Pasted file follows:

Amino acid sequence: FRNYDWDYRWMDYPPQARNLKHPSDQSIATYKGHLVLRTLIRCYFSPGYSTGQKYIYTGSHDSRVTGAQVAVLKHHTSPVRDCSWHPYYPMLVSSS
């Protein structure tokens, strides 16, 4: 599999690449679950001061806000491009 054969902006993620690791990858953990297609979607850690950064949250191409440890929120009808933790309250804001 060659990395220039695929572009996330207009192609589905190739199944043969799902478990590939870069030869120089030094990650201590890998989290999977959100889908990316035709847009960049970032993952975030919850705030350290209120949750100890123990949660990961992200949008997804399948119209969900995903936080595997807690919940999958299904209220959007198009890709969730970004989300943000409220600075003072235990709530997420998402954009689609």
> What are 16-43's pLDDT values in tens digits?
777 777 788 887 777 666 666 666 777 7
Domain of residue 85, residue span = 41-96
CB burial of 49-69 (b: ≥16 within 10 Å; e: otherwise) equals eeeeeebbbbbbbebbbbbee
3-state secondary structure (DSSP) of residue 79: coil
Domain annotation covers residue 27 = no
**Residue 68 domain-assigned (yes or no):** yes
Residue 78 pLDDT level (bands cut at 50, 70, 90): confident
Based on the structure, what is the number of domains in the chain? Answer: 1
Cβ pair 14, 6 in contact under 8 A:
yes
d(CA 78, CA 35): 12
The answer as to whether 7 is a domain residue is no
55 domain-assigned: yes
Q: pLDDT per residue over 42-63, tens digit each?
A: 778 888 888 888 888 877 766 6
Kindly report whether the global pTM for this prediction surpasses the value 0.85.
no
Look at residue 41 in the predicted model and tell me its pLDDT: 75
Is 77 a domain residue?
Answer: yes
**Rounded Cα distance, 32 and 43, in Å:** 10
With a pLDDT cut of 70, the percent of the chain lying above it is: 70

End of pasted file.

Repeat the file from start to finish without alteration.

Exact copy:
Amino acid sequence: FRNYDWDYRWMDYPPQARNLKHPSDQSIATYKGHLVLRTLIRCYFSPGYSTGQKYIYTGSHDSRVTGAQVAVLKHHTSPVRDCSWHPYYPMLVSSS
């Protein structure tokens, strides 16, 4: 599999690449679950001061806000491009 054969902006993620690791990858953990297609979607850690950064949250191409440890929120009808933790309250804001 060659990395220039695929572009996330207009192609589905190739199944043969799902478990590939870069030869120089030094990650201590890998989290999977959100889908990316035709847009960049970032993952975030919850705030350290209120949750100890123990949660990961992200949008997804399948119209969900995903936080595997807690919940999958299904209220959007198009890709969730970004989300943000409220600075003072235990709530997420998402954009689609």
> What are 16-43's pLDDT values in tens digits?
777 777 788 887 777 666 666 666 777 7
Domain of residue 85, residue span = 41-96
CB burial of 49-69 (b: ≥16 within 10 Å; e: otherwise) equals eeeeeebbbbbbbebbbbbee
3-state secondary structure (DSSP) of residue 79: coil
Domain annotation covers residue 27 = no
**Residue 68 domain-assigned (yes or no):** yes
Residue 78 pLDDT level (bands cut at 50, 70, 90): confident
Based on the structure, what is the number of domains in the chain? Answer: 1
Cβ pair 14, 6 in contact under 8 A:
yes
d(CA 78, CA 35): 12
The answer as to whether 7 is a domain residue is no
55 domain-assigned: yes
Q: pLDDT per residue over 42-63, tens digit each?
A: 778 888 888 888 888 877 766 6
Kindly report whether the global pTM for this prediction surpasses the value 0.85.
no
Look at residue 41 in the predicted model and tell me its pLDDT: 75
Is 77 a domain residue?
Answer: yes
**Rounded Cα distance, 32 and 43, in Å:** 10
With a pLDDT cut of 70, the percent of the chain lying above it is: 70